19 governing party politicians have been named county development commissioners by the Minister responsible for running the Office of the Prime Minister, János Lázár, who is also a Fidesz member of parliament. Of those, nine are sitting members of parliament who only last year were required to resign positions in county or local government in order to be seated in parliament.
The reason for the new law was to prevent Hungarian members of parliament from holding multiple positions in national, county and local government, which was deemed at the time to constitute a conflict of interest.
In their capacity as county commissioners the Fidesz MPs in question are to have responsibilities similar to that of a county assembly president such as coordinating new projects, and preparing and implementing methods of evaluation, Furthermore, they are to be paid for their efforts.
Blikk.hu reports that originally the county commissioners performed their functions without compensation, but that ten days after their appointment the relevant law was modified so as to allow them to earn up to HUF 748,000 a month, that is, what a typical deputy undersecretary earns.
According to the daily news portal, nine governing party MPs, including Péter Ágh, Jenő Manninger and Zsolt Nyitrai (pictured above) are to receive an additional HUF 224,000 monthly for their second government job.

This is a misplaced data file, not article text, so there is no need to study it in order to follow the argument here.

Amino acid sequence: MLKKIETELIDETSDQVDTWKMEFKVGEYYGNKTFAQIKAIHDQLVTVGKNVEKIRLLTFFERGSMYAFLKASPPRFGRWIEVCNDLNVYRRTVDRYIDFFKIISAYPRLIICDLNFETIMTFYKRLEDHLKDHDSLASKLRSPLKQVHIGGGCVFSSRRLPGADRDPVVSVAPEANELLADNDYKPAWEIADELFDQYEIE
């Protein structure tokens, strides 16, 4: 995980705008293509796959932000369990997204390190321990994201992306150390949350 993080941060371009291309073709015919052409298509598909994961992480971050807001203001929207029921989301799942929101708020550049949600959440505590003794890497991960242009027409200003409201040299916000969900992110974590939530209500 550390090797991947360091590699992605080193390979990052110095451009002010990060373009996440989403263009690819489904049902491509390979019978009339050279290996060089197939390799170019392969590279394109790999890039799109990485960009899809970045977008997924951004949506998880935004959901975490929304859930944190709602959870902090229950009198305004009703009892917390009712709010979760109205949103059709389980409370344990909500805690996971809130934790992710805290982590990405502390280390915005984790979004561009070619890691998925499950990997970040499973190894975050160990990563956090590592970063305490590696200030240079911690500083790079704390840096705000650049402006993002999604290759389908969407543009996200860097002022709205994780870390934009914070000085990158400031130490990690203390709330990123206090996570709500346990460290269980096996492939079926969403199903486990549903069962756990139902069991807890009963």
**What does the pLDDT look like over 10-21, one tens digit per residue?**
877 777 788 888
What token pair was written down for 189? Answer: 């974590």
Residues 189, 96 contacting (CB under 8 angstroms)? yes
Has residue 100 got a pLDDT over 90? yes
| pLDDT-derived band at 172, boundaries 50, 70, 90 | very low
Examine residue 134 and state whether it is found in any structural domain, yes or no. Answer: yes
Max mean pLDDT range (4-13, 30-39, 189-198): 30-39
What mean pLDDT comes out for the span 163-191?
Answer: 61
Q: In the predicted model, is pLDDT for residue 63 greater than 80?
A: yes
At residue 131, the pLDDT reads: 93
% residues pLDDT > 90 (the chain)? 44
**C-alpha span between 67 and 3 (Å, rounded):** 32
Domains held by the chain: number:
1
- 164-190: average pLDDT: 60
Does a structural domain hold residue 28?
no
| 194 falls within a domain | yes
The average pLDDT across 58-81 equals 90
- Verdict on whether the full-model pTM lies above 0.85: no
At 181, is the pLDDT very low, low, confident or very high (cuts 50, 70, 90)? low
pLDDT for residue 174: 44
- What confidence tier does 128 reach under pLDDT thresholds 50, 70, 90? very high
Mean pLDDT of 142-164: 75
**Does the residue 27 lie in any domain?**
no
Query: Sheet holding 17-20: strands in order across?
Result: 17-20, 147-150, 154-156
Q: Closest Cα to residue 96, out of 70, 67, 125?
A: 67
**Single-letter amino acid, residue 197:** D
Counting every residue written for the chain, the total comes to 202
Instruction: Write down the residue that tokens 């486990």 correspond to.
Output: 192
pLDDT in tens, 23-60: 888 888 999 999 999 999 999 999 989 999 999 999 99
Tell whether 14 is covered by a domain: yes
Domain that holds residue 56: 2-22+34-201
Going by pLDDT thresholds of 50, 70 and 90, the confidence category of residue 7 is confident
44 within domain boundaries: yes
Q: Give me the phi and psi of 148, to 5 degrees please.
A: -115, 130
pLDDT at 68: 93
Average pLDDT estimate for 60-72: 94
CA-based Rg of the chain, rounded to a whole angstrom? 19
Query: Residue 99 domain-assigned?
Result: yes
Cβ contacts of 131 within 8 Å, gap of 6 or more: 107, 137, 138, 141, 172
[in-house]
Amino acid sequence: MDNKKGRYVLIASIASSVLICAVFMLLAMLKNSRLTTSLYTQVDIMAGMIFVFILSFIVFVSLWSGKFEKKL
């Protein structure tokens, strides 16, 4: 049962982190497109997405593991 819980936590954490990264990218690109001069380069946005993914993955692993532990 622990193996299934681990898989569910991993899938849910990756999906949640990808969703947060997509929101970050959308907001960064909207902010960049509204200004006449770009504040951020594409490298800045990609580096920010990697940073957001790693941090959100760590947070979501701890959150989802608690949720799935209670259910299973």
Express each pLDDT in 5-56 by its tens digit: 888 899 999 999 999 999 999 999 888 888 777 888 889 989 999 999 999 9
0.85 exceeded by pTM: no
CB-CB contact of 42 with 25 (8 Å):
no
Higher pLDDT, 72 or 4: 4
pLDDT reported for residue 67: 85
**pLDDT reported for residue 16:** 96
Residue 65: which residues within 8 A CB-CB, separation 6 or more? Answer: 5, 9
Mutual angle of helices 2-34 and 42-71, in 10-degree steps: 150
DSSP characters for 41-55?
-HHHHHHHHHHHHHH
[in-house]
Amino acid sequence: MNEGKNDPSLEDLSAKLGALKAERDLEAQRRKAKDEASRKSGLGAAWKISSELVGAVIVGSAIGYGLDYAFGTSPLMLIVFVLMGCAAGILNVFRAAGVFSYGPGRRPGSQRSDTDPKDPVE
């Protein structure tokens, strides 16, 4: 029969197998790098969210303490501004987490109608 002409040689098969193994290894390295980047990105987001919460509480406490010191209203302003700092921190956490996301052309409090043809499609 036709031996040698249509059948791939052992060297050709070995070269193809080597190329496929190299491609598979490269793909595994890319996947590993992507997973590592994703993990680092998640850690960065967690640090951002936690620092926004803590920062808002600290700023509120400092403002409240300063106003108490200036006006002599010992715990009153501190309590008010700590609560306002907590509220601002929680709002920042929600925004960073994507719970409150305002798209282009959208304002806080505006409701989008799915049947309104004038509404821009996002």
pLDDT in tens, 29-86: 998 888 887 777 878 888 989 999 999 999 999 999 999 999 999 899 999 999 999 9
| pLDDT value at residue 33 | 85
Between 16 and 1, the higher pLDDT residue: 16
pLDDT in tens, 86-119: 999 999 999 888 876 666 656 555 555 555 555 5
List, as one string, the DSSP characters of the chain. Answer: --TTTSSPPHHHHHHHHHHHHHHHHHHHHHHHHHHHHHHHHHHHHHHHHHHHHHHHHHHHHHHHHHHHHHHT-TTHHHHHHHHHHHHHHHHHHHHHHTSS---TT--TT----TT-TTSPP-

The commissioner for Szabolcs-Szatmár-Bereg county, Sándor Lipők , who was not reelected to parliament in 2014, is to receive HUF 748,000 a month to perform work which previously Fidesz MPs were expected to perform without compensation.
The Office of the Prime Minister did not respond to blikk.hu’s inquiry as to the reason for the change of heart.
Pro-Fidesz political analyst Zoltán Kiszelly opined to blikk.hu that the reason for compensating the MPs for their work as county commissioners might be in order to prevent them from being corrupted over the course of performing their added duties.
(Zoltán apparently lives in an alternative universe–one where governing party politicians are not primarily in the business of lining their pockets with EU taxpayer money! In Hungary the ability to divert sizable public funds into party coffers is a basic criteria for entering parliament-ed.)